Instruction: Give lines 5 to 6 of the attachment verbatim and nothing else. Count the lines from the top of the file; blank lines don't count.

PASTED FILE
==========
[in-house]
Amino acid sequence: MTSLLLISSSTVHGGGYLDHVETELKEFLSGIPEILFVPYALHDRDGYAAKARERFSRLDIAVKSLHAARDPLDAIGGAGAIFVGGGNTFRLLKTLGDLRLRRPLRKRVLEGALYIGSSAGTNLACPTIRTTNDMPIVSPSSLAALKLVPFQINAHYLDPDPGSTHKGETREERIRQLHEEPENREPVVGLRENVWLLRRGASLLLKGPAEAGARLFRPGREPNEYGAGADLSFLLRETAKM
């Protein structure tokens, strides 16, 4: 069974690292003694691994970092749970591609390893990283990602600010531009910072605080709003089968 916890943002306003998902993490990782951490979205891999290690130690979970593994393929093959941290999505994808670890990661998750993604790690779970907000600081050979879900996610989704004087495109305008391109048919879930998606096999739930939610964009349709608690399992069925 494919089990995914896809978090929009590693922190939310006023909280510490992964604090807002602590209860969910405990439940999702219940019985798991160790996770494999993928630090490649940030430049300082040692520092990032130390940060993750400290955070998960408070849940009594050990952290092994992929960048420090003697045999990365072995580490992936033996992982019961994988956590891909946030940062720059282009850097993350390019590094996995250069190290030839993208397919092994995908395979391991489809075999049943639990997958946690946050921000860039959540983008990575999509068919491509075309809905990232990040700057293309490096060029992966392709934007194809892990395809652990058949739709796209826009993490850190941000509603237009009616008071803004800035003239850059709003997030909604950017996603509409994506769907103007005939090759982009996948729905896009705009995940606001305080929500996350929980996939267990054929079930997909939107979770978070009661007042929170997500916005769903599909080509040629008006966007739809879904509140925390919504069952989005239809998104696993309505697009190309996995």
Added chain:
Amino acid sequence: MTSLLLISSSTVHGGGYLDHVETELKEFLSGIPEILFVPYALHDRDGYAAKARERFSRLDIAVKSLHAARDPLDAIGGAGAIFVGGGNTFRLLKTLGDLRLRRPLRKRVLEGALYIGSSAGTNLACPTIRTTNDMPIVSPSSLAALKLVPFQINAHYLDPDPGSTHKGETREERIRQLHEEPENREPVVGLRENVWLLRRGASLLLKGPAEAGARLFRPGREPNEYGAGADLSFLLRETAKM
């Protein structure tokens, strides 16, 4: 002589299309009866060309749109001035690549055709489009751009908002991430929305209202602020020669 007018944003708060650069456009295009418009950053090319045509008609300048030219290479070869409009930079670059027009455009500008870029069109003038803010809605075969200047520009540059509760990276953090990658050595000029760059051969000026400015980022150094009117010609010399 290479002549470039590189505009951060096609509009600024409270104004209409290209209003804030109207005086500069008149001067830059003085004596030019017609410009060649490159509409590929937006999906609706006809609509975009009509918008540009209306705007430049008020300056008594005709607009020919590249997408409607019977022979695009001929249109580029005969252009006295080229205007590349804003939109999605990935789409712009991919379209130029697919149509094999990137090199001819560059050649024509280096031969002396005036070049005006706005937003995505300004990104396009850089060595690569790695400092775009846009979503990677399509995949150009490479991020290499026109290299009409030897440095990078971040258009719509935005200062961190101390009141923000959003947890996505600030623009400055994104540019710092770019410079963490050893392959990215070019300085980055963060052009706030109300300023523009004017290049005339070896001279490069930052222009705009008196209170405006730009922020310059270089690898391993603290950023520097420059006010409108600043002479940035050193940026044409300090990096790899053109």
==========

Amino acid sequence: MTSLLLISSSTVHGGGYLDHVETELKEFLSGIPEILFVPYALHDRDGYAAKARERFSRLDIAVKSLHAARDPLDAIGGAGAIFVGGGNTFRLLKTLGDLRLRRPLRKRVLEGALYIGSSAGTNLACPTIRTTNDMPIVSPSSLAALKLVPFQINAHYLDPDPGSTHKGETREERIRQLHEEPENREPVVGLRENVWLLRRGASLLLKGPAEAGARLFRPGREPNEYGAGADLSFLLRETAKM
């Protein structure tokens, strides 16, 4: 002589299309009866060309749109001035690549055709489009751009908002991430929305209202602020020669 007018944003708060650069456009295009418009950053090319045509008609300048030219290479070869409009930079670059027009455009500008870029069109003038803010809605075969200047520009540059509760990276953090990658050595000029760059051969000026400015980022150094009117010609010399 290479002549470039590189505009951060096609509009600024409270104004209409290209209003804030109207005086500069008149001067830059003085004596030019017609410009060649490159509409590929937006999906609706006809609509975009009509918008540009209306705007430049008020300056008594005709607009020919590249997408409607019977022979695009001929249109580029005969252009006295080229205007590349804003939109999605990935789409712009991919379209130029697919149509094999990137090199001819560059050649024509280096031969002396005036070049005006706005937003995505300004990104396009850089060595690569790695400092775009846009979503990677399509995949150009490479991020290499026109290299009409030897440095990078971040258009719509935005200062961190101390009141923000959003947890996505600030623009400055994104540019710092770019410079963490050893392959990215070019300085980055963060052009706030109300300023523009004017290049005339070896001279490069930052222009705009008196209170405006730009922020310059270089690898391993603290950023520097420059006010409108600043002479940035050193940026044409300090990096790899053109």